How to set up a robust home visit policy
Dr Susie Bayley sets out why and how your practice should set up a home visit policy, to help ease workload and protect patient safety
Why set up a home visit policy?
Home visits play a traditional role in UK primary care. The image of a rural GP on a pleasant drive to see patients between quiet morning and afternoon surgeries is an archetypal media portrayal of English general practice.
Times are changing and ‘quiet’ general practice is a thing of the past. We have to make changes to ensure that precious resources are utilised to serve the needs of many rather than the convenience of a few.
The increase in workload and the effect on GP morale have been well documented by both the BMA and The King’s Fund recently. Patient numbers are rising, leaving GPs facing an ageing population and managing more medical complexity in the community.
Despite these mounting pressures, general practice continues to engage in some activities that take a disproportionate amount of the dwindling manpower; one of these practices is that of the home visit.
In the time it takes one practitioner to perform a visit, many more patients could be seen face-to-face in surgery. With pressures mounting, surgeries need to look at their workload and make tough decisions in the interests of their entire practice population. Having a robust home visit policy is one way that practices can manage patient expectations and thus workload.
What are we contractually obliged to provide?
The GMS regulations 2004 (Schedule 6, Regulation 26, Part 1) make it clear that it is the reasonable opinion of the contractor’ as to whether attendance on the patient is required and it would be inappropriate for them to attend the practice.
It is therefore for the clinician to determine where it is ‘most appropriate’ to see the patient.
It is fundamentally important to assess a patient in the safest environment; this is rarely a patient’s home. In the context of increasing medicolegal claims against GPs, it is difficult to justify clinical decisions made after assessing a patient in less than ideal surroundings.
Improving technology means we are capable of performing more investigations and initiating more complex treatments at the surgery than at home – sometimes because it would not be safe to do so in a patient’s home, sometimes because the equipment is not readily portable. A home visit could potentially delay important diagnostics and definitive treatment.
Importantly, there is nothing within the regulations that prevents a doctor referring a patient directly to hospital without first seeing them, providing ‘the medical condition of the patient makes that course of action appropriate’.
It is worth checking your local LMC’s website to see if they have a home visit policy or guidance which could reasonably form the blueprint for your practice’s own policy. Many policies are based on the excellent South Staffordshire LMC guidelines.
How do we decide which patients we should visit at home?
There are cases where a home visit is obviously the most appropriate way to assess a patient. These include visits for:
- Terminally ill patients
- Bed-bound patients
In the vast majority of cases where a patient is usually mobile they should be expected to attend surgery. There may be situations – for example, an infective exacerbation of COPD where the patient has a care plan including home treatment – where a home visit is deemed reasonable. These cases remain at the clinician’s discretion.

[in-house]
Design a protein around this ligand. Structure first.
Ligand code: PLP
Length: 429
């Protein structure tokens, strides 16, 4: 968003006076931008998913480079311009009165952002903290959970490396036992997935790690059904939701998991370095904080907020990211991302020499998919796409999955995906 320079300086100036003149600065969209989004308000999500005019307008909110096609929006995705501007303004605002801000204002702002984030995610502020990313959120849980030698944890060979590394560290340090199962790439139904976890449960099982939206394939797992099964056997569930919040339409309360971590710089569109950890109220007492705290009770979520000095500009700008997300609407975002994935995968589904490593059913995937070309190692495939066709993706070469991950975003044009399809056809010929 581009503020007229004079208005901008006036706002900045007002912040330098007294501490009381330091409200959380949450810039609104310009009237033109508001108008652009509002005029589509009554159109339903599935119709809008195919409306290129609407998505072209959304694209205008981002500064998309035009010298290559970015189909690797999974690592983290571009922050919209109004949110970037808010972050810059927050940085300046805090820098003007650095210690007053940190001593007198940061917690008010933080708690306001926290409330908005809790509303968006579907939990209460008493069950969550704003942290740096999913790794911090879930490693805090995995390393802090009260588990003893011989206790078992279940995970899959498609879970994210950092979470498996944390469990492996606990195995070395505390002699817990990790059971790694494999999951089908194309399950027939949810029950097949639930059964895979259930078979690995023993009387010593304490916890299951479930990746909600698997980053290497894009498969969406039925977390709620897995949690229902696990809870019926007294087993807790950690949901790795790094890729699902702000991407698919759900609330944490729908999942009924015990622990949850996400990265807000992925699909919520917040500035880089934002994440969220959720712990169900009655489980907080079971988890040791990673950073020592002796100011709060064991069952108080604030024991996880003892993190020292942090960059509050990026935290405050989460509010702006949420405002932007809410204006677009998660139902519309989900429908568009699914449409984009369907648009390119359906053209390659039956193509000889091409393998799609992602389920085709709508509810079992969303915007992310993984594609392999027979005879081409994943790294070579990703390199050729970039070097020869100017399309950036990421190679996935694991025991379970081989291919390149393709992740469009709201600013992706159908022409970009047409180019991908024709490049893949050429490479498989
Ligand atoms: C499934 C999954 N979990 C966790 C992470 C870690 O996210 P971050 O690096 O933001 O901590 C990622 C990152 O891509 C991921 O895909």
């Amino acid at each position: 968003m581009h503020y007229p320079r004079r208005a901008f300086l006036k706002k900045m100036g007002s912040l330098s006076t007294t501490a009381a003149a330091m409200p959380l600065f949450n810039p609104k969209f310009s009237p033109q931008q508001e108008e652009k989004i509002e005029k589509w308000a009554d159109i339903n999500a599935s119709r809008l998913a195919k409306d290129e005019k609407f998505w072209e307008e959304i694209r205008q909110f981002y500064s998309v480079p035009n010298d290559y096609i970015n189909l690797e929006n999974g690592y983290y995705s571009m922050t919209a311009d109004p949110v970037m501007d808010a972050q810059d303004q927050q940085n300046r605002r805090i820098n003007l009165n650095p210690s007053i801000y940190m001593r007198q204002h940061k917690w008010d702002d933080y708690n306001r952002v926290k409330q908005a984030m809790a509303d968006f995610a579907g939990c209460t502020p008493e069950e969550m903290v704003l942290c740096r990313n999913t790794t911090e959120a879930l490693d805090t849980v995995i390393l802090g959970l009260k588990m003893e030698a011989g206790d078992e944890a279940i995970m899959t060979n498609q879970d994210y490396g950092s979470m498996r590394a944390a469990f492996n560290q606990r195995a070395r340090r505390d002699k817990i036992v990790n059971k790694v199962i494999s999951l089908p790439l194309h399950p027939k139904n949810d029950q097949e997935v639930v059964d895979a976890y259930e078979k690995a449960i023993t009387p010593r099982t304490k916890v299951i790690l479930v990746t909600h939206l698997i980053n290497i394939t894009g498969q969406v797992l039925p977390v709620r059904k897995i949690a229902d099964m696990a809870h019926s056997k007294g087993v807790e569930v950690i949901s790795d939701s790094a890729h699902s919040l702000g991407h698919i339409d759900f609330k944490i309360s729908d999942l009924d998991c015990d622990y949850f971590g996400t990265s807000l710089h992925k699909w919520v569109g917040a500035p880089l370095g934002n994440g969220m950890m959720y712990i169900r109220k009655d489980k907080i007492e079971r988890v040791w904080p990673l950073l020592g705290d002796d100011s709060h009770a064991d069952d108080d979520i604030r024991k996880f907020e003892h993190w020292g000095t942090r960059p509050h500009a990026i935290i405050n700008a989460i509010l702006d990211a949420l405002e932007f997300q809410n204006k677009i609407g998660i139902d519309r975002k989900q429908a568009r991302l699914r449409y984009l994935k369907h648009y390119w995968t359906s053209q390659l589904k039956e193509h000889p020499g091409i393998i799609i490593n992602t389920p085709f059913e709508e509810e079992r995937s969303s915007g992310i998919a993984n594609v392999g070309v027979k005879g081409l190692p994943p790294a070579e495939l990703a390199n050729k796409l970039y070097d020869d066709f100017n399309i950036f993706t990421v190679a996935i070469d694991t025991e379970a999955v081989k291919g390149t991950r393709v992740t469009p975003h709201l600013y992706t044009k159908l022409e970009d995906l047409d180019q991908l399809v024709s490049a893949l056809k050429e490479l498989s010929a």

Children are generally portable; they can be most accurately and safely assessed in surgery and given emergency treatment if required.
A good benchmark is: ‘Would the patient reasonably be expected to attend a hospital outpatient appointment, with or without transport?’ If the answer is ‘yes’, attendance at a GP surgery is most appropriate.
This advice includes patients in residential care; the onus is on the private provider to properly address staffing and capacity, and not for general practice to fill the gap.
How should we explain the policy to patients?
The first step is to engage your whole practice team in the reasons for any policy change and its proposed implementation. Once the practice team is on board, we would suggest involving your Patient Participation Group. Explain changes are being made for the good of all patients and most importantly in the interests of patient safety.
With the PPG on board, you can discuss communicating changes with the rest of the patient population.
There is some good advice on the wording to use in patient education material on the GANFYD website.
What about complaints?
The main way to avoid complaints, or manage them effectively, is to ensure you have a policy that all members of the team understand, agree with and adhere to. Engagement of your patients early on in the implementation of a new policy should help reduce the number of issues once the new policy is established.
If you decline visits, make sure they have been triaged thoroughly (according to the GMC’s Good Medical Practice), you explain your reasoning clearly and document your decision.
When answering any complaints, include information on why the policy was introduced and how you engaged patients in this process.
What if our out-of-hours service differs?
The ideal would be to have a uniform local policy for in and out-of-hours general practice provision. This should improve patient understanding and lead to a cultural change ensuring appropriate use of home visits. However, this can be practically difficult.
If you update your home visit policy it might be prudent to inform your local out-of-hours provider and/or meet with them to discuss it.
Where there is a clash of policies and a non-medically trained call-handler triages a patient and believes a visit may be necessary, it still remains at the discretion of the trained clinician as to whether a visit is deemed necessary.